John McAslan, of McAslan and Partners – whose firm was chosen by a majority of the judges in a competition to re- design the square – went public with his campaign.
He met around 20 people in pouring rain to hear their views and revealed two slight changes to the 'winning' design, which included more greenery and less stone paving, to create a less "linear" scheme.
Mr McAslan said he wanted to "rescue" the project by listening to and engaging with the city's residents.
As revealed in the Evening Times, council leader Gordon Matheson announced the make-over plan would not go ahead, despite a winning design being chosen.
Political rivals are reported to have claimed Mr Matheson dumped the redevelopment after his preferred design option did not win.
Mr McAslan said the decision had undermined the competition process, but he was willing to move on and engage with plans for the square.
He said: "I would like to see something happen. I am from Glasgow, I was born in Glasgow, all my family is from Glasgow. My great-grandfather wrote the history of Glasgow in 1920, so it is in my blood, and to me you wouldn't get a better commission than George Square, because it is where I am from.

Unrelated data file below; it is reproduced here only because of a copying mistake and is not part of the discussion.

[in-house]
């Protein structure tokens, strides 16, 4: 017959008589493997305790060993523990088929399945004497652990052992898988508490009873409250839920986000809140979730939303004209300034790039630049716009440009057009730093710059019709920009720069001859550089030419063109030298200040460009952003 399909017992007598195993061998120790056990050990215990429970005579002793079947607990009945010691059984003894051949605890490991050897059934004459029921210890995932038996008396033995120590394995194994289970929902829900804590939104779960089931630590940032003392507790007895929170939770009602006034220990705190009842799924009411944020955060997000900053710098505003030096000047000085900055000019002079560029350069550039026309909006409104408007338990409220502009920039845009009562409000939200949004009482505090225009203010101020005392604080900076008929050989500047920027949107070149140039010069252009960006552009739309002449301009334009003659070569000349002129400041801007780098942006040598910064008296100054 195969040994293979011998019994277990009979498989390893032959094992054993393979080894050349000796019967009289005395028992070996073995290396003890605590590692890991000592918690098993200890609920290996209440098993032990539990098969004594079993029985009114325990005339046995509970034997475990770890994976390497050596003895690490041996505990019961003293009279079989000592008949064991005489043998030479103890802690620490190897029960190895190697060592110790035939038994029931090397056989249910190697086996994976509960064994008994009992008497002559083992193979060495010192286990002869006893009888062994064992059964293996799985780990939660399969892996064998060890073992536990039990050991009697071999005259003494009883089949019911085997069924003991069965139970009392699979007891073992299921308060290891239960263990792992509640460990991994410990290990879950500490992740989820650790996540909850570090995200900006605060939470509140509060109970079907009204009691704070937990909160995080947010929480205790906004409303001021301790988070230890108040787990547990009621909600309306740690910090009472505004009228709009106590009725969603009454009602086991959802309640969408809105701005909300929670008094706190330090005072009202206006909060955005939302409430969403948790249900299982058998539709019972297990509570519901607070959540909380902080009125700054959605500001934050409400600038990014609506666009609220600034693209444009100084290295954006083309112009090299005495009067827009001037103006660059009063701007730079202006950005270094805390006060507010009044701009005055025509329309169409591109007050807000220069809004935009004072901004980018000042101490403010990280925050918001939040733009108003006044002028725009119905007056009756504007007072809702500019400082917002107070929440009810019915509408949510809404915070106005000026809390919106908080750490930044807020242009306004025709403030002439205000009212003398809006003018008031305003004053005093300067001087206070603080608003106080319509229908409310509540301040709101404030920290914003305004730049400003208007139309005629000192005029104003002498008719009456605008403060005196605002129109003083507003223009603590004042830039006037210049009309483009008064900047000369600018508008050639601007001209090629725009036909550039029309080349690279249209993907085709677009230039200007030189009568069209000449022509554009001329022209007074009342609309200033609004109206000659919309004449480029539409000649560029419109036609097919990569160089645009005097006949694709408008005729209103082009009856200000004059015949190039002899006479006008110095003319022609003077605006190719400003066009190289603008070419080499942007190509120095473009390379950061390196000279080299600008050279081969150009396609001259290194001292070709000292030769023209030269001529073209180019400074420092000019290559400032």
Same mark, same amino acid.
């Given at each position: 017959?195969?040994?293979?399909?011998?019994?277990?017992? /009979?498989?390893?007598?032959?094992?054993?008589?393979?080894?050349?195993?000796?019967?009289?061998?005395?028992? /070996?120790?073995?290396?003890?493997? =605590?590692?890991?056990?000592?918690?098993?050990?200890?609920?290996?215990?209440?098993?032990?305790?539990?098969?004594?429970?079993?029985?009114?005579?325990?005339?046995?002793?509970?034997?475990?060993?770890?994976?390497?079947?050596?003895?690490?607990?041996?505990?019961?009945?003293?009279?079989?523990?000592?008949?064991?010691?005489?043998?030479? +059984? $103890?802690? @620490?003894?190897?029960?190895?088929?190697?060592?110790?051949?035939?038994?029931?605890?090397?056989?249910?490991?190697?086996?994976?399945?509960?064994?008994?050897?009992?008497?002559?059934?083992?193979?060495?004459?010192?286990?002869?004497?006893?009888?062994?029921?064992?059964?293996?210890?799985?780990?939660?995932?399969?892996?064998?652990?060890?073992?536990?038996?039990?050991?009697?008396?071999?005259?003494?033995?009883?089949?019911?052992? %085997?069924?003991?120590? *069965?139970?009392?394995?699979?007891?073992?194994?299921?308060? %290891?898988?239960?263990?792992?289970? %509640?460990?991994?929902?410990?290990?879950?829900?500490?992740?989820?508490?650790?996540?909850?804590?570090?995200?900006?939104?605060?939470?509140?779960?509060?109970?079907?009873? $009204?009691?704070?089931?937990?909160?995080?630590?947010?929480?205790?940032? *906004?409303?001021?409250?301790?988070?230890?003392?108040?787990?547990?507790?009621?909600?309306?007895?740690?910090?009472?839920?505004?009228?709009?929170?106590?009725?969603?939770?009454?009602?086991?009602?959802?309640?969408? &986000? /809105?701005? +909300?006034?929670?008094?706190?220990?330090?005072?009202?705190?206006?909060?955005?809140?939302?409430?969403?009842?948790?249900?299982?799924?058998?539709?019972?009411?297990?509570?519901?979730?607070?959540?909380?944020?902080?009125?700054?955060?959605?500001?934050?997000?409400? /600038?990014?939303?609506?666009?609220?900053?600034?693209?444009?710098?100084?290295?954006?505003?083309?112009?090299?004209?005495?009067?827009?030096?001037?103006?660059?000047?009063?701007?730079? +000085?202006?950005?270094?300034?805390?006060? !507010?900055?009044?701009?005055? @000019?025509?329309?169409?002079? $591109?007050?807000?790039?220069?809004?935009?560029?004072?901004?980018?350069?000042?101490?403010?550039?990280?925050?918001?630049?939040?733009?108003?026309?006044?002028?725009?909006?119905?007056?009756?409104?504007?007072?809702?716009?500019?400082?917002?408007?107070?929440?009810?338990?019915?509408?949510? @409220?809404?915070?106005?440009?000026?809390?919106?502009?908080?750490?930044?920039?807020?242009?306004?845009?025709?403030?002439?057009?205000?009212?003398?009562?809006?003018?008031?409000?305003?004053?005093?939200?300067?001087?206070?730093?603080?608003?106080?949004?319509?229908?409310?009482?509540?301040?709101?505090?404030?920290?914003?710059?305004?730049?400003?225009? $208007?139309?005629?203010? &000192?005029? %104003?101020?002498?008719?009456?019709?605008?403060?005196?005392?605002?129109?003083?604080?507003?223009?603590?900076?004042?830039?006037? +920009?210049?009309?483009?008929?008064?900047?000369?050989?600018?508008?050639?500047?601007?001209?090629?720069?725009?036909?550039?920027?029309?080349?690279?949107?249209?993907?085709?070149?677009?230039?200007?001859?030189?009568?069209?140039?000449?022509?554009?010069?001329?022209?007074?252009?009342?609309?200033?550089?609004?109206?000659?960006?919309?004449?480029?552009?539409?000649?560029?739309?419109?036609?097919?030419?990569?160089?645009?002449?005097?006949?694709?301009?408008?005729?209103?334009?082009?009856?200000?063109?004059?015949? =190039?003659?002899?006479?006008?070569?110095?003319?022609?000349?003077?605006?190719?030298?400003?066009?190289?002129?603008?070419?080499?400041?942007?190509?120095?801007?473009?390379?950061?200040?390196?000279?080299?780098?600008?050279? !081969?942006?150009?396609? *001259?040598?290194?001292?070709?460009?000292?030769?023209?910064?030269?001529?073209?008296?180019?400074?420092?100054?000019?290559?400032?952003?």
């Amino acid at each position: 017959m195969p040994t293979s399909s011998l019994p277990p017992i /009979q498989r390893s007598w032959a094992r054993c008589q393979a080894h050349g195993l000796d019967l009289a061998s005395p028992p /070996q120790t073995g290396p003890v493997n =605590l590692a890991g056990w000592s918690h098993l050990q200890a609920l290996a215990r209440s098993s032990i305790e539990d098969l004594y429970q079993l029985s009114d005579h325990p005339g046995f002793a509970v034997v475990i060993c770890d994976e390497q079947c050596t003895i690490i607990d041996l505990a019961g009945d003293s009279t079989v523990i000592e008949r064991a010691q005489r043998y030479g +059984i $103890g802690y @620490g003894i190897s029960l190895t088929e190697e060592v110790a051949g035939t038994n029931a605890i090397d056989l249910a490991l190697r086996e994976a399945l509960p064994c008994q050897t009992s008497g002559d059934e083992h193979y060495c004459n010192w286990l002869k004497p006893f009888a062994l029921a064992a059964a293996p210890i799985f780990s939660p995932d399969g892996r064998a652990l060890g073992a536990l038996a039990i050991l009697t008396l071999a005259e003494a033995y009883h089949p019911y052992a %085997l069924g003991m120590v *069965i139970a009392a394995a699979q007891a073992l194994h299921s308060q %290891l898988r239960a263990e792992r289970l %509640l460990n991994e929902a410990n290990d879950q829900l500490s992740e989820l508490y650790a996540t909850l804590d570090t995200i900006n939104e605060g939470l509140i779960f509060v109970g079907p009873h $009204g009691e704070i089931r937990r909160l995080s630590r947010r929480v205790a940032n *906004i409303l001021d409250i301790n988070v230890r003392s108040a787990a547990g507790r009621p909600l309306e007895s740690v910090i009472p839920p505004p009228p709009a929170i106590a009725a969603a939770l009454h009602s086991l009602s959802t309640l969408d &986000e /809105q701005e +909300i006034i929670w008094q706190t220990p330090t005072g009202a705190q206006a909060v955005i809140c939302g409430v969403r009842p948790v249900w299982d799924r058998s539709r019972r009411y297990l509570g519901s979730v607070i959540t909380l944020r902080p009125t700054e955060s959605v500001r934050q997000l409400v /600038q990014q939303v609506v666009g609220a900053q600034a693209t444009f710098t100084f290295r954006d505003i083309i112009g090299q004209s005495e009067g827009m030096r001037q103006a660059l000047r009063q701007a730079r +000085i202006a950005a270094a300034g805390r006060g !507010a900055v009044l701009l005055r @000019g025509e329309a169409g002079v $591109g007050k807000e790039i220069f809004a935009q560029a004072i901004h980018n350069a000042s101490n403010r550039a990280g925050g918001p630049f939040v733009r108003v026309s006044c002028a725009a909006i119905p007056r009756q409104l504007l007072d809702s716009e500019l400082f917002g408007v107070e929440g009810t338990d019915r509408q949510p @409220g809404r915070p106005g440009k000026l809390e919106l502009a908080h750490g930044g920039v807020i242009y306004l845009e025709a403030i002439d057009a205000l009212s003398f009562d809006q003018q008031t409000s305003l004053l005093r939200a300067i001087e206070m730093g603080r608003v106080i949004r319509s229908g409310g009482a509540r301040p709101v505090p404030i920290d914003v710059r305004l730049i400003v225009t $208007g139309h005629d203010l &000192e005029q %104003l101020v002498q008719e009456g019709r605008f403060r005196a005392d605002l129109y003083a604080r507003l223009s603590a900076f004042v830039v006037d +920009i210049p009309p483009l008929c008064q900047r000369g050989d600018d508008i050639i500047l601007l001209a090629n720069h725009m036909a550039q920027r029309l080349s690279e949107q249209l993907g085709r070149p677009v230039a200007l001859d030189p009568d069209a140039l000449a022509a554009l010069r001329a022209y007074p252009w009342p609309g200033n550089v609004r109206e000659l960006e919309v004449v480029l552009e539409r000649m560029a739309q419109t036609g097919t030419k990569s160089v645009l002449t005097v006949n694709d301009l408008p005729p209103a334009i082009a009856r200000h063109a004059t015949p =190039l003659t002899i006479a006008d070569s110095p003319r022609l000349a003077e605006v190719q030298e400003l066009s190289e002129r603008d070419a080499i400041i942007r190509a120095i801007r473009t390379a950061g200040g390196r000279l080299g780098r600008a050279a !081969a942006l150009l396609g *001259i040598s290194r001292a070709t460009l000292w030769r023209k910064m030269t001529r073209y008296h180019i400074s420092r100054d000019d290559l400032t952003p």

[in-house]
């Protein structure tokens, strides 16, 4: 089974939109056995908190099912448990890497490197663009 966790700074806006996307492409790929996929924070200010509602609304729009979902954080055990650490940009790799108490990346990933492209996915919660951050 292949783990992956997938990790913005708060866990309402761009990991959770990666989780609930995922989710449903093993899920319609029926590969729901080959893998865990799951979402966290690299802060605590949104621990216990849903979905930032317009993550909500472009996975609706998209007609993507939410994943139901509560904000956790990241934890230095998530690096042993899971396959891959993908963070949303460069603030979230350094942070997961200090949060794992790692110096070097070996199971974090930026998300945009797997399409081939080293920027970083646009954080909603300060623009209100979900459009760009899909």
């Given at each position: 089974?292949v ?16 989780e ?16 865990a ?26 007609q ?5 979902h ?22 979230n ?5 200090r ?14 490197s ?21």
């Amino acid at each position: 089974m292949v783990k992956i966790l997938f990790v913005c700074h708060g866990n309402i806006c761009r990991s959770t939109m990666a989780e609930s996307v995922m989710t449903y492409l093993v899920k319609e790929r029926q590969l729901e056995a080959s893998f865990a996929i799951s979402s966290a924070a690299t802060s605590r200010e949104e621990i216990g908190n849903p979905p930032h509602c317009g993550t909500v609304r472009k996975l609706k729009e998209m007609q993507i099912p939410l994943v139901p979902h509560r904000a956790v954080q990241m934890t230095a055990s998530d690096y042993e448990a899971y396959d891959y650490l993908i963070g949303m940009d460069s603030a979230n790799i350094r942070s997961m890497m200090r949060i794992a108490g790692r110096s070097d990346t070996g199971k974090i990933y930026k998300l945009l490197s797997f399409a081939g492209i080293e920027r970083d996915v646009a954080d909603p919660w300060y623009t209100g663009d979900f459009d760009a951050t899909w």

"It is all very personal. It is not about money, it is about trying to do what you think is the right thing. From my upbringing I am a bit of a stickler when I think processes aren't followed.
"Politicians are known for wriggling around and I don't like that. The decision undermines the process, it undermines his officers, it undermines the jury, but I would like to draw a line under it.
"We are in the second stage, which is to engage."
Mr McAslan said he was hopeful of a meeting with Councillor Matheson in order to get a "positive outcome".
He said: "I hope he will meet with me, I would like to meet him and have a discussion.
"He will have a strong view, I will have a strong view and I can honestly see a positive outcome."
People who attended yesterday's meeting still want to see something happen.
Michael Doran, 56, from Pollok, retired and a member of Glasgow Building Preservation Society, said: "I am very interested in George Square and I am interested in Glasgow.
"It would be great if they could visualise it as a piazza, a place where people can stand about, even entertainment, there are plenty of buskers in Glasgow."
Helen Reeves, 44, from the South Side, said: "I think it is a real shame to have an initial competition take place and then they just say 'no, we have decided not to'.
"It is a bit embarrassing for Glasgow, I don't know what effect it will have on other competitions in the future."